The idea of the ‘perfect’ body shape has changed over the decades. Here’s a look at the different foundation garments that have helped women contort their torsos into the fashionable shape of the day; the garments that have been a source of fascination, contention and debate.
Corsets, spanx and bodysuits — for centuries, women were expected to wear a variety of peculiar, somewhat restrictive but utterly wonderful undergarments to achieve a desirable silhouette. Worn from childhood to adulthood in order to support their bodies and create the ideal accentuated silhouette, these special undergarments were an essential part of every woman's wardrobe and daily life for hundreds of years. They evolved from the laced bodices of the medieval period, through to the constrictive boned corsets of the late Victorian era and the elasticated girdle of the 1920s which we still wear today.
THE GIBSON GIRL, 1900-1910S
A creation of illustrator Charles Dana Gibson, the ‘Gibson girl’ was the woman all the ladies aspired to be, and the one men wanted to be with. She was tall with a heavy chest and wide hips but a narrow waist. In 1910, he told a reporter for the Sunday Times Magazine: “I’ll tell you how I got what you have called the ‘Gibson Girl.’ I saw her on the streets, I saw her at the theatres, I saw her in the churches. I saw her everywhere and doing everything. I saw her idling on Fifth Avenue and at work behind the counters of the stores.”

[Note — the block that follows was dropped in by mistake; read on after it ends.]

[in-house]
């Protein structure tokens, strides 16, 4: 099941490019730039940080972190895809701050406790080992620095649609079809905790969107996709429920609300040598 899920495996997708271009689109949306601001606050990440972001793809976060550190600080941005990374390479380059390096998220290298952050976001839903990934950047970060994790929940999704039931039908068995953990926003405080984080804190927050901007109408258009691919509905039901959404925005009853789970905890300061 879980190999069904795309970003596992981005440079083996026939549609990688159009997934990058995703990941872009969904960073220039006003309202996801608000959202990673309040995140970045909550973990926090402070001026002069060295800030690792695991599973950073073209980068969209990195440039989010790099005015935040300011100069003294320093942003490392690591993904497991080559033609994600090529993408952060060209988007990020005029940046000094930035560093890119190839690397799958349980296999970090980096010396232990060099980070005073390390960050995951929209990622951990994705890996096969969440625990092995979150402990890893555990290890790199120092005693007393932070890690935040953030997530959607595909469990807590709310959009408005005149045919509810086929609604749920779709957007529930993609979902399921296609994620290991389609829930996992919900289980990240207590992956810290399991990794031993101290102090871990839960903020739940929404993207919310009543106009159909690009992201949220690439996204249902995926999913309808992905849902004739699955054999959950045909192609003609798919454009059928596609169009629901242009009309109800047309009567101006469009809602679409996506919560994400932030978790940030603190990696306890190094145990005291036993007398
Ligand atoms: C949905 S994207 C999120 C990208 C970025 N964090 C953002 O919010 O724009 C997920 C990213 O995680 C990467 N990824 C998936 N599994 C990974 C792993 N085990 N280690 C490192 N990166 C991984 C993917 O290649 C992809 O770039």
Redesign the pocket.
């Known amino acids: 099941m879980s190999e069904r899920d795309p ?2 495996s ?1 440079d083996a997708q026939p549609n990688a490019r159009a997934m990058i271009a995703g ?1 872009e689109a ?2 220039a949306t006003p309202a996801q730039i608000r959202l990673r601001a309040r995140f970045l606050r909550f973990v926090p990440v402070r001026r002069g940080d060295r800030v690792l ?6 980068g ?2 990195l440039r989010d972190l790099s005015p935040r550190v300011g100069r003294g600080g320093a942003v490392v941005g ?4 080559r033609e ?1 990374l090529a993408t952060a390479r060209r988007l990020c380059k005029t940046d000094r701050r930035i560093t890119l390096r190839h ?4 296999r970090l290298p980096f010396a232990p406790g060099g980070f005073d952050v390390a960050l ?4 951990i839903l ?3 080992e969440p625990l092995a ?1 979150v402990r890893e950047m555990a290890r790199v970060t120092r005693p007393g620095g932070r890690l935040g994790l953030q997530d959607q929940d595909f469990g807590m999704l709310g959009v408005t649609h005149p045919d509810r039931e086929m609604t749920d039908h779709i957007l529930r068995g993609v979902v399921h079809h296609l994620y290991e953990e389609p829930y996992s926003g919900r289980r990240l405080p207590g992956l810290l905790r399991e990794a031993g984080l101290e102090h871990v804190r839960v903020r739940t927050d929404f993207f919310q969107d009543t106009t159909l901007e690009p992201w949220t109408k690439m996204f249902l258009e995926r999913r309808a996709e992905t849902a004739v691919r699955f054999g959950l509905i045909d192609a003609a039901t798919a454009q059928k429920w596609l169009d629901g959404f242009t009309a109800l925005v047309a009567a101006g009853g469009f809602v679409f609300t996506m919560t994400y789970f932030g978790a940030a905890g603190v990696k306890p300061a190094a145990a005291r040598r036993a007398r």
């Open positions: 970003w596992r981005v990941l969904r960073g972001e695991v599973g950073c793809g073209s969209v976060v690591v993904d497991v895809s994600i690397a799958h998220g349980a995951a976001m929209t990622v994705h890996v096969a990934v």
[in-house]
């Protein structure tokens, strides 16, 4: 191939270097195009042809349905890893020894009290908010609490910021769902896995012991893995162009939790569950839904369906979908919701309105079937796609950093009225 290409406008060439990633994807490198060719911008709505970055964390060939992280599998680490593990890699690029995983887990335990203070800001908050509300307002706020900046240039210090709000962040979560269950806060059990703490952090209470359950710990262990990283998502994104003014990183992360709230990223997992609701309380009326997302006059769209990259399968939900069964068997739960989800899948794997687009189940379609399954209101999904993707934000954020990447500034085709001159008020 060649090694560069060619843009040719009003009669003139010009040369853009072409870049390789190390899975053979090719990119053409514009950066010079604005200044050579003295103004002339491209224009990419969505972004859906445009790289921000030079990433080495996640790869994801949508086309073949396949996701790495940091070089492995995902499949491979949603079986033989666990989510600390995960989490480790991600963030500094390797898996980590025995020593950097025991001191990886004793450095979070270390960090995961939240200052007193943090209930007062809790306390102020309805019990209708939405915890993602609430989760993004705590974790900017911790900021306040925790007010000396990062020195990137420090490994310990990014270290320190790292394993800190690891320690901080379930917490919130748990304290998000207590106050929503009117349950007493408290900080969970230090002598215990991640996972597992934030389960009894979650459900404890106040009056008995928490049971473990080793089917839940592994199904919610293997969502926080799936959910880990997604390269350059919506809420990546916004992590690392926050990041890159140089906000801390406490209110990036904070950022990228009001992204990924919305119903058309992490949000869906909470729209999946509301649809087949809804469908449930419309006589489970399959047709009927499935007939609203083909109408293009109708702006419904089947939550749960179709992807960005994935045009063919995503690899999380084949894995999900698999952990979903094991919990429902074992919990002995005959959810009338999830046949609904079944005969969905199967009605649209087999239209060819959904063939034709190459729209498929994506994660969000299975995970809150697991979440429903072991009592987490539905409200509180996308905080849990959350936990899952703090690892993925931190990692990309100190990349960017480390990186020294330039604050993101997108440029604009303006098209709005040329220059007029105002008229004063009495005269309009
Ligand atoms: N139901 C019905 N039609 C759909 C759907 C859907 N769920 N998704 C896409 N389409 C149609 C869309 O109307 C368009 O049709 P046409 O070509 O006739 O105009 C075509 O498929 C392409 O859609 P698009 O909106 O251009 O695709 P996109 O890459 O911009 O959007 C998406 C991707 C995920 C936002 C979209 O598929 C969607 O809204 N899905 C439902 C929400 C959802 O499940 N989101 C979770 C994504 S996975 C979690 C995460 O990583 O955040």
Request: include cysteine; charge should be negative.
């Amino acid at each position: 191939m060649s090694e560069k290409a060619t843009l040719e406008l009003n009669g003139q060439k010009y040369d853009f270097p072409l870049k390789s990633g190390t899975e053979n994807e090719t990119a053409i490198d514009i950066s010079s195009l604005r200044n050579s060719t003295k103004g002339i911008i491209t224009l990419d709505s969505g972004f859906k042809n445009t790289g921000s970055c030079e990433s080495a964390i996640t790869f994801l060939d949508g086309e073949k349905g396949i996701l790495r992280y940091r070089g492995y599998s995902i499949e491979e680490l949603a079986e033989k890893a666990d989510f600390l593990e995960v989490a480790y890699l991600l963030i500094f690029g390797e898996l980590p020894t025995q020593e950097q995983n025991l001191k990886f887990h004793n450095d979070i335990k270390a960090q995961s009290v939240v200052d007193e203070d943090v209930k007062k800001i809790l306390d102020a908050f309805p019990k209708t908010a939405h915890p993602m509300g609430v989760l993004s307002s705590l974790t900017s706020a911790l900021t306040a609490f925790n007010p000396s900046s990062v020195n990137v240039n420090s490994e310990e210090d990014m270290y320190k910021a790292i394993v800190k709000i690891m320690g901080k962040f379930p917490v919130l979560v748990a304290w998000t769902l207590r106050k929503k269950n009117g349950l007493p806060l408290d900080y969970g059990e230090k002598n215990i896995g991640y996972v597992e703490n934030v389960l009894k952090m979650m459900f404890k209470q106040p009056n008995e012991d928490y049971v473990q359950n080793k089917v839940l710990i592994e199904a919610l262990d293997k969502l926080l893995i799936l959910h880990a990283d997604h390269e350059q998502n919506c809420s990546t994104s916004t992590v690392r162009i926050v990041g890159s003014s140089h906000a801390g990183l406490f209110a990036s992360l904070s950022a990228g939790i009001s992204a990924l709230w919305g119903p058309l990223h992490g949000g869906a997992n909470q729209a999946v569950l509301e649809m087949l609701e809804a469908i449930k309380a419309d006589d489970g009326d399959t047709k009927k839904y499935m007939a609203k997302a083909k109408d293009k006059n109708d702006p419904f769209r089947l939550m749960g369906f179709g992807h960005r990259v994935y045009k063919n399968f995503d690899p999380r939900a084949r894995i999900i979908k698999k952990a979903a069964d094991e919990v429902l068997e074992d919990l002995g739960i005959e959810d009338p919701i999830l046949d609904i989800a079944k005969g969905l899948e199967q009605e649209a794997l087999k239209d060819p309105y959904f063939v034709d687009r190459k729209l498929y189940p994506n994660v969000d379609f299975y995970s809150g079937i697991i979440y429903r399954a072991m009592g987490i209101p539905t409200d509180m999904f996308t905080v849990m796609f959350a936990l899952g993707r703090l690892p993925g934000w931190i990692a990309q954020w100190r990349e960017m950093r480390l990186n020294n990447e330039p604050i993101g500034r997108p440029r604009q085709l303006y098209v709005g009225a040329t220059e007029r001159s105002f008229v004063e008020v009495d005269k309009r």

After years of wearing open drawers under layers of petticoats, lacier versions of the ‘long johns’ (which were known as the camisole and drawers) were introduced into every woman’s wardrobes to symbolise women's increasing freedom thanks to the suffrage movement and World War One. And because women started participating more in the work fields, outdoor activities and dancing, they began trading in their corsets for a more comfortable option: the brassiere.
In 1913, Mary Phelps Jacob, a young New York socialite, made the first brassiere by tying two handkerchiefs together with ribbon and cord. Originally, she did it just to prevent the support rods from poking out from underneath the fabric of her evening gown. This resulted in her creating a new undergarment that conformed to the wearer’s anatomy far more naturally than the traditional corsets. She soon began taking orders and requests from family, friends and even strangers. By 1914, Mary patented her design as the ‘Backless Brassiere’ and began selling the units under the name Caresse Crosby. However, after Mary sold her patent to the Warner Brothers Corset Company, she never received accolades for her invention of the immensely popular undergarment that made life more comfortable and convenient for millions of women.
THE FRIVOLOUS FLAPPER, 1920s
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